Subscribe to EIR Online
This article appears in the March 6, 2009 issue of Executive Intelligence Review.

Say `No' to Bank Nationalization
and Mussolini-Style Fascism,
`Yes' to Humanity

by John Hoefle

[PDF version of this article]

Feb. 27—The debate now raging across the United States over whether or not to nationalize the banking system is largely a fraud. The idea that the U.S. government would step in and run the banks is ludicrous, since the government lacks the guts to even regulate the banks, and has been reduced to impotently throwing money at them in the hopes they will behave better. Far from being too big, our government is, in a important sense, far too little, failing repeatedly to protect the general population, in the face of the demands from the financial sector. Bending over backwards is not exactly leadership.

What the debate over nationalization really is, is a debate over how to proceed with the bailout. Congress is feeling the heat from the voters back home, who are overwhelmingly opposed to the bailout swindle, while the bankers are worried that the issue is becoming too "politicized," as the politicians begin to worry about the consequences of their repeated capitulations.

Naturally, the Brutish Empire is also in the mix, trying to force the Obama Administration further down the bailout path, as a way of both bailing out their own interests, and sinking the United States. The financiers of the empire know full well that the costs of the bailout will not only bankrupt the U.S., but push us further down the path towards Mussolini-style corporatist fascism.

This descent into fascism, a feature of the Bush/Cheney years, is a virtual replay of the attempt to impose fascism in the United States in the early 1900s (see last week's EIR). That attempt was defeated by President Franklin D. Roosevelt, but it remains to be seen whether President Obama will rise to that level.

It's not just the prospect of fascism, a bankers' police state, that we face. The real danger is a complete breakdown of the global economy, combined with the paralysis of governments unable to cope with the crisis. The danger is of a breakdown of civilization itself, and a descent into a new Dark Age.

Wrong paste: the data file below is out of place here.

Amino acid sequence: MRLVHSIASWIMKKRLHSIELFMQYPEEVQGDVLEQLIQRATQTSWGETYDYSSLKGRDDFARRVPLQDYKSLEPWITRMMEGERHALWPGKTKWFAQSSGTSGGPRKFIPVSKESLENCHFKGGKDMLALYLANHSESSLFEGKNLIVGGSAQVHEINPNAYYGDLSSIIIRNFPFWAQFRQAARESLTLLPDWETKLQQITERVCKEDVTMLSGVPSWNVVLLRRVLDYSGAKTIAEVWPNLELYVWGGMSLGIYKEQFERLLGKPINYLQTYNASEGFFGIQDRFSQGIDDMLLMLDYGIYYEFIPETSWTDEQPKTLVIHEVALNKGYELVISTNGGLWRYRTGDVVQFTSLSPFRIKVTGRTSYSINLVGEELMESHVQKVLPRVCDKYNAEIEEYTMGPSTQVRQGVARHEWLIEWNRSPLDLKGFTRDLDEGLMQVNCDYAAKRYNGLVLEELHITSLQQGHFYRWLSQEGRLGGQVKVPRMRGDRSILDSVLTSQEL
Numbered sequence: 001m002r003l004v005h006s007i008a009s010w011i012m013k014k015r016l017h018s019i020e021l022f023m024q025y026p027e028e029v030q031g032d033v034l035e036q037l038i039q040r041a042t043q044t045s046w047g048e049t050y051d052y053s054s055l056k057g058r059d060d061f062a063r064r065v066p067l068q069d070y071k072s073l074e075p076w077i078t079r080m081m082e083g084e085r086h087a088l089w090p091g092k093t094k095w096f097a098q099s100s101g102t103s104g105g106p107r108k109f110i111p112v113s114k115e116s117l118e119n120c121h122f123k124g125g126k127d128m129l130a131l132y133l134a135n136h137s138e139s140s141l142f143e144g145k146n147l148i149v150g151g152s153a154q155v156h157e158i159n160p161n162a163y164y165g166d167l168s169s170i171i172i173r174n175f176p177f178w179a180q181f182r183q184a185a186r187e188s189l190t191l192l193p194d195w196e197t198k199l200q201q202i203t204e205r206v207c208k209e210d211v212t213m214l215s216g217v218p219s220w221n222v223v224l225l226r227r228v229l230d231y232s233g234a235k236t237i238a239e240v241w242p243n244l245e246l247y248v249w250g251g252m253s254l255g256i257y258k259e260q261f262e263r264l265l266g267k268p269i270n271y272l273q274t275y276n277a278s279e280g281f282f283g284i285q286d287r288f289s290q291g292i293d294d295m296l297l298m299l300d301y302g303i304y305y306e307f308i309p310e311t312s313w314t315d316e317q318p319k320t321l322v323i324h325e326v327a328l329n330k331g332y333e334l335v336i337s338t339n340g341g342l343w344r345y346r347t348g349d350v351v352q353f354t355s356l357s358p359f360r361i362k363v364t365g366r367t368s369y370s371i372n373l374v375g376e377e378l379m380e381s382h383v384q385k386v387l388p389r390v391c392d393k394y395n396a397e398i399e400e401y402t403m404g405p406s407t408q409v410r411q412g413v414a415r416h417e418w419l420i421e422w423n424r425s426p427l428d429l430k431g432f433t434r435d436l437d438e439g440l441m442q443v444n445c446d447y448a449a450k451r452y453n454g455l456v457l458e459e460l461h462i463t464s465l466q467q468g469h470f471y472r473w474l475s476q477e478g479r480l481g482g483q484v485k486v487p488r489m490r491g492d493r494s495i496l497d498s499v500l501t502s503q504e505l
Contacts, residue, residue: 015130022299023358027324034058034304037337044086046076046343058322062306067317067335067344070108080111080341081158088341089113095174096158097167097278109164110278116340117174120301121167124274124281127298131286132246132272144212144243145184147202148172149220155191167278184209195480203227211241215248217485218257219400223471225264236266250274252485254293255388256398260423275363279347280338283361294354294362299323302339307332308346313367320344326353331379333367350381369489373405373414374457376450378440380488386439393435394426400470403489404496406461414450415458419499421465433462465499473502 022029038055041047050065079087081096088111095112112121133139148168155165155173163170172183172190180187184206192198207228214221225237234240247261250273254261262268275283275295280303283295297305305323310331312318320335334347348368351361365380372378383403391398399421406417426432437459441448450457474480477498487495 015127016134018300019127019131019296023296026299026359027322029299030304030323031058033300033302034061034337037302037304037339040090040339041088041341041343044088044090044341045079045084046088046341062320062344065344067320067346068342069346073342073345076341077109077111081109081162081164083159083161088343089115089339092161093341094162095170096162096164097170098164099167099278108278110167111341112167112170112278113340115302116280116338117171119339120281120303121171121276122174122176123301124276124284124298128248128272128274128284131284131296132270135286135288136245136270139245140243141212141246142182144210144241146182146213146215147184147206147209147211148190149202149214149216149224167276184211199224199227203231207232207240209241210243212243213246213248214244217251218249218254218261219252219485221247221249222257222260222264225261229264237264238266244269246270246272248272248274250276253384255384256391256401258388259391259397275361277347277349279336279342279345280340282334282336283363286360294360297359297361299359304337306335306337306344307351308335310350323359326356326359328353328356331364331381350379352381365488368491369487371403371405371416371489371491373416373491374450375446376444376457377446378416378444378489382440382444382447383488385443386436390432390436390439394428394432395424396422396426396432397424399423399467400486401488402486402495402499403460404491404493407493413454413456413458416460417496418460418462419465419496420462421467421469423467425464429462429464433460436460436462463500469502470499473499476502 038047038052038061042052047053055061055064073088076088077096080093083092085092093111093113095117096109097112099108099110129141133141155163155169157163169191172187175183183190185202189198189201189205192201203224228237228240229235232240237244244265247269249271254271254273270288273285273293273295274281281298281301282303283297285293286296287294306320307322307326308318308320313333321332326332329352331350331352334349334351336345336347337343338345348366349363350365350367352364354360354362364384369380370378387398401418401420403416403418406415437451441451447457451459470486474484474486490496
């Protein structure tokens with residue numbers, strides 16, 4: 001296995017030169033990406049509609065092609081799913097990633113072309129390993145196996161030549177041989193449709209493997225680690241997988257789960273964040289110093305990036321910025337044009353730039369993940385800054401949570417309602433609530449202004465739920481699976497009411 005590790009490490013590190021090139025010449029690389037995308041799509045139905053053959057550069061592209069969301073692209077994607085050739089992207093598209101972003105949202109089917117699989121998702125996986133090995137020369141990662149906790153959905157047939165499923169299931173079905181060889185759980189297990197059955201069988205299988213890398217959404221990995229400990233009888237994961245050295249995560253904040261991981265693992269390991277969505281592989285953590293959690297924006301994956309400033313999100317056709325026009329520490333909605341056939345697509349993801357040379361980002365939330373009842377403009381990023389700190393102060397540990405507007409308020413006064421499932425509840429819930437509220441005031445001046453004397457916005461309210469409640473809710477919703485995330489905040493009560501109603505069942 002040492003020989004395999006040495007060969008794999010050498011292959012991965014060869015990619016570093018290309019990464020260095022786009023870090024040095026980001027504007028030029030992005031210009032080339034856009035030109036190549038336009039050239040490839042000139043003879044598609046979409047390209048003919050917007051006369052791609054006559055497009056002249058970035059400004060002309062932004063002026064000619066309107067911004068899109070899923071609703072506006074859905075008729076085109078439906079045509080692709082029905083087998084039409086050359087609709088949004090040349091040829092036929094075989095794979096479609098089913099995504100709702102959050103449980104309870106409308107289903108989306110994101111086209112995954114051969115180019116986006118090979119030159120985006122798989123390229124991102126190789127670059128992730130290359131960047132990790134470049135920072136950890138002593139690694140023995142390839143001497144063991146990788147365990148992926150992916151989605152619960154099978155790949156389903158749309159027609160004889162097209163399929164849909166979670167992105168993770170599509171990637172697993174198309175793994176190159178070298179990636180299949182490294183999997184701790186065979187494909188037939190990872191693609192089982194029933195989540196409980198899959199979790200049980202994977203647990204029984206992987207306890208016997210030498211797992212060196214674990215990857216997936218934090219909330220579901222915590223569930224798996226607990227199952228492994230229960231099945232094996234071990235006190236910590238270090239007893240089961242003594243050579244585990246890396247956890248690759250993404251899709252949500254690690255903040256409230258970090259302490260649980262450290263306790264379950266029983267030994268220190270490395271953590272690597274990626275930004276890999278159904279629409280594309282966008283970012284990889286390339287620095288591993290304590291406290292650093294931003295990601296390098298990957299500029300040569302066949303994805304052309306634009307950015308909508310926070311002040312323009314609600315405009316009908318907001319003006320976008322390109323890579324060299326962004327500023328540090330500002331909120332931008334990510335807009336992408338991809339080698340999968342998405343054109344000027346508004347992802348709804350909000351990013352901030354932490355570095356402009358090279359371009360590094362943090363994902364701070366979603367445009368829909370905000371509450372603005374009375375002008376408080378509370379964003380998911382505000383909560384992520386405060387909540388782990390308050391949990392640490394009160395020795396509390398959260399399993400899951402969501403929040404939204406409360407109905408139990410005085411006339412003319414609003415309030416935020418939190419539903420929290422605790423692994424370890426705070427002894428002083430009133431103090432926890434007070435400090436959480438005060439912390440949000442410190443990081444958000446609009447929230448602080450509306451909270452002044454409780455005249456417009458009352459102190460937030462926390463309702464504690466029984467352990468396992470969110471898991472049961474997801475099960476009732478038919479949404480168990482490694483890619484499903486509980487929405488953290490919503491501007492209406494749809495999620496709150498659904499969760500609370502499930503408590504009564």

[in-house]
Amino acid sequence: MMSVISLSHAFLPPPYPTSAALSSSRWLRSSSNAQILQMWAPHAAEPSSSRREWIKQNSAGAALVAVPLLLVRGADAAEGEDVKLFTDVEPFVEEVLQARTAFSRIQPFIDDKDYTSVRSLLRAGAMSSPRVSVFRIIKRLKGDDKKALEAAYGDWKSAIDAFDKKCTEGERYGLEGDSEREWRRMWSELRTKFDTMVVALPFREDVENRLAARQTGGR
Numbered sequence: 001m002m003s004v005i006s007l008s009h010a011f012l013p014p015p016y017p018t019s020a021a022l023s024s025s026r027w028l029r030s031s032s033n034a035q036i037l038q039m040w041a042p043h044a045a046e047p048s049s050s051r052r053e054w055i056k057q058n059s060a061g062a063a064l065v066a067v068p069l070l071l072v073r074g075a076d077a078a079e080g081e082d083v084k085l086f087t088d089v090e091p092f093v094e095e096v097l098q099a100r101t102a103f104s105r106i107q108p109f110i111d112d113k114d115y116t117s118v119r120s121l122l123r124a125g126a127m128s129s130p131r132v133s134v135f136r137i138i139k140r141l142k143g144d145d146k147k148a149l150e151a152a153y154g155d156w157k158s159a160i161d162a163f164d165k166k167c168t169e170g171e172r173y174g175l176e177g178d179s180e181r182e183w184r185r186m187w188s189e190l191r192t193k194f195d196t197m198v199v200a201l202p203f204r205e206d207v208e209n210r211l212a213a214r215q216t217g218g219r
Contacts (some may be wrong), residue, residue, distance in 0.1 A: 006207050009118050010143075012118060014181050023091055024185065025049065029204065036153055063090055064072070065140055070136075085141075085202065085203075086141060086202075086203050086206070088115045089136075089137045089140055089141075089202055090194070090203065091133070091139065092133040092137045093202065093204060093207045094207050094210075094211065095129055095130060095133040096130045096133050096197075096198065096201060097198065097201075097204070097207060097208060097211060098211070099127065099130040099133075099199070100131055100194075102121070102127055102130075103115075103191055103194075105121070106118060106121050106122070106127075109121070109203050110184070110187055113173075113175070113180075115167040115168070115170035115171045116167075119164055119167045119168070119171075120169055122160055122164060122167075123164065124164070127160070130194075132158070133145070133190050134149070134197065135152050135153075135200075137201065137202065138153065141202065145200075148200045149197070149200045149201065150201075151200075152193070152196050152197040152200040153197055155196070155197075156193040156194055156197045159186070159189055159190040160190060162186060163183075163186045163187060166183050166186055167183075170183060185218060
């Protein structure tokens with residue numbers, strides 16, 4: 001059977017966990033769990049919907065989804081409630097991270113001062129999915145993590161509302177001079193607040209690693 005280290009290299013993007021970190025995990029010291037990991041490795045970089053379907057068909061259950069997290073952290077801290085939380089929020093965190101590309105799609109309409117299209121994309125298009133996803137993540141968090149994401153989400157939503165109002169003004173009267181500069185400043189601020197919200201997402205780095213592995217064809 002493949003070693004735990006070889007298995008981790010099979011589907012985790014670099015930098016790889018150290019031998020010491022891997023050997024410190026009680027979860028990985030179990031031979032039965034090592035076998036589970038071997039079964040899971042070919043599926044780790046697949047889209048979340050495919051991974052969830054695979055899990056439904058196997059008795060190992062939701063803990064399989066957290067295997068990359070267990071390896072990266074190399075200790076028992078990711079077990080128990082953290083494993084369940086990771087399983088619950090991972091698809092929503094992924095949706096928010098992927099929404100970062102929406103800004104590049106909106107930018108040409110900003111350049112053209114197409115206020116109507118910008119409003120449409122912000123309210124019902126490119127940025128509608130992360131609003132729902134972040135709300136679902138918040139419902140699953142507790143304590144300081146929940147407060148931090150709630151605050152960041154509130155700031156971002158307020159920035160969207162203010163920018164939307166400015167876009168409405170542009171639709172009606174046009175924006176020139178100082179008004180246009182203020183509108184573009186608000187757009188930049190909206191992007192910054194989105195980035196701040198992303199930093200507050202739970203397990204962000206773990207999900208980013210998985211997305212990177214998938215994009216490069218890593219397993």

Panic, Fail, Repeat

The idea behind bank nationalization is that the government would step in and take over the banks, buying up a majority of stock, imposing a few insignificant controls, and then absorbing the banks' losses. The government would, in effect, transfer trillions of dollars of toxic waste from the books of the banks to the backs of the taxpayers. The public would be told that this is being done to restart the economy, when, in fact, it would be a significant expansion of what is already the greatest swindle in history.

The banks, once freed from their losses, would somehow magically begin to lend again; investors would once again start buying securities; and we could go right back to what we were doing before. That is, in effect, what Fed Chairman Ben Bernanke is saying, when he talks about the need to restart the securities markets.

Does it not occur to these idiots that rewinding the clock to a point before the explosion does nothing to solve the problem? That what we were doing is what caused the explosion in the first place? That maybe their system blew sky high because it was nuts to begin with, and that the last thing we should do, is try it again?

Should we believe that they will learn from their mistakes, when there is no evidence to support that fantasy? Haven't their repeated attempts to halt the collapse through monetary injections proved that they not only have no solution, but that they don't even understand the problem? This would be funnier than the Keystone Kops, were it not so damn serious.

The Bill Comes Due

The U.S. government and the Federal Reserve have already handed out trillions of dollars in loans, stock purchases, guarantees, and outright gifts to bankrupt financial institutions, accompanied by all sorts of optimistic statements that, this time, it will work. Yet the economy continues to collapse. We are now losing over half a million jobs per month, and headed toward a million. Home foreclosures are at record highs, bankruptcies are soaring, governments at all levels are seeing unprecedented revenue shortfalls. Our whole society is breaking apart, at a accelerating rate. All of this, even before the bills for the bailout begin to come due.